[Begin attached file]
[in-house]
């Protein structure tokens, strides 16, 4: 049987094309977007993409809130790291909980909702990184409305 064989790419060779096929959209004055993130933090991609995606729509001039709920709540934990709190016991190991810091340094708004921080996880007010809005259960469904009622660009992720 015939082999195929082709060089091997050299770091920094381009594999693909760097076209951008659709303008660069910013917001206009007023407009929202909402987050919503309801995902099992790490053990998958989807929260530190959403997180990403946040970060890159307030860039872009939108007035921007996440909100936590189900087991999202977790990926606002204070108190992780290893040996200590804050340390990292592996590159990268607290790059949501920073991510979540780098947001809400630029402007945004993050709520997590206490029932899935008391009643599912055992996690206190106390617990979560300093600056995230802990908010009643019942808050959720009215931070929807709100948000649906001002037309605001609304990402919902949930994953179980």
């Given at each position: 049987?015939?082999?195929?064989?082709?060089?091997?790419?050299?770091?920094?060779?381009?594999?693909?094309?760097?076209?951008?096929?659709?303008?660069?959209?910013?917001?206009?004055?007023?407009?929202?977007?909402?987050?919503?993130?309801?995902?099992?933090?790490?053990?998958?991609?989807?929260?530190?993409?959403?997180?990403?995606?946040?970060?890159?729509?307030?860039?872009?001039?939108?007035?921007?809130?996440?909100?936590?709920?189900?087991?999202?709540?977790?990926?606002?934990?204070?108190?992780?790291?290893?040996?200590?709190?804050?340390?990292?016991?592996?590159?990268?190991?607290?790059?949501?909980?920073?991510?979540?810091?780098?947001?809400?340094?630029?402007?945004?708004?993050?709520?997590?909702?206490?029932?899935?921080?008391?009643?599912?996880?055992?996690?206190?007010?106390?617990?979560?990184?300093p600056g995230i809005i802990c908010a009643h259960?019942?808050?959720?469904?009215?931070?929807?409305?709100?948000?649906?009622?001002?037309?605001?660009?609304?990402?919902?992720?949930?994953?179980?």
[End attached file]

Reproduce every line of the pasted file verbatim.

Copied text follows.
[in-house]
């Protein structure tokens, strides 16, 4: 049987094309977007993409809130790291909980909702990184409305 064989790419060779096929959209004055993130933090991609995606729509001039709920709540934990709190016991190991810091340094708004921080996880007010809005259960469904009622660009992720 015939082999195929082709060089091997050299770091920094381009594999693909760097076209951008659709303008660069910013917001206009007023407009929202909402987050919503309801995902099992790490053990998958989807929260530190959403997180990403946040970060890159307030860039872009939108007035921007996440909100936590189900087991999202977790990926606002204070108190992780290893040996200590804050340390990292592996590159990268607290790059949501920073991510979540780098947001809400630029402007945004993050709520997590206490029932899935008391009643599912055992996690206190106390617990979560300093600056995230802990908010009643019942808050959720009215931070929807709100948000649906001002037309605001609304990402919902949930994953179980």
């Given at each position: 049987?015939?082999?195929?064989?082709?060089?091997?790419?050299?770091?920094?060779?381009?594999?693909?094309?760097?076209?951008?096929?659709?303008?660069?959209?910013?917001?206009?004055?007023?407009?929202?977007?909402?987050?919503?993130?309801?995902?099992?933090?790490?053990?998958?991609?989807?929260?530190?993409?959403?997180?990403?995606?946040?970060?890159?729509?307030?860039?872009?001039?939108?007035?921007?809130?996440?909100?936590?709920?189900?087991?999202?709540?977790?990926?606002?934990?204070?108190?992780?790291?290893?040996?200590?709190?804050?340390?990292?016991?592996?590159?990268?190991?607290?790059?949501?909980?920073?991510?979540?810091?780098?947001?809400?340094?630029?402007?945004?708004?993050?709520?997590?909702?206490?029932?899935?921080?008391?009643?599912?996880?055992?996690?206190?007010?106390?617990?979560?990184?300093p600056g995230i809005i802990c908010a009643h259960?019942?808050?959720?469904?009215?931070?929807?409305?709100?948000?649906?009622?001002?037309?605001?660009?609304?990402?919902?992720?949930?994953?179980?």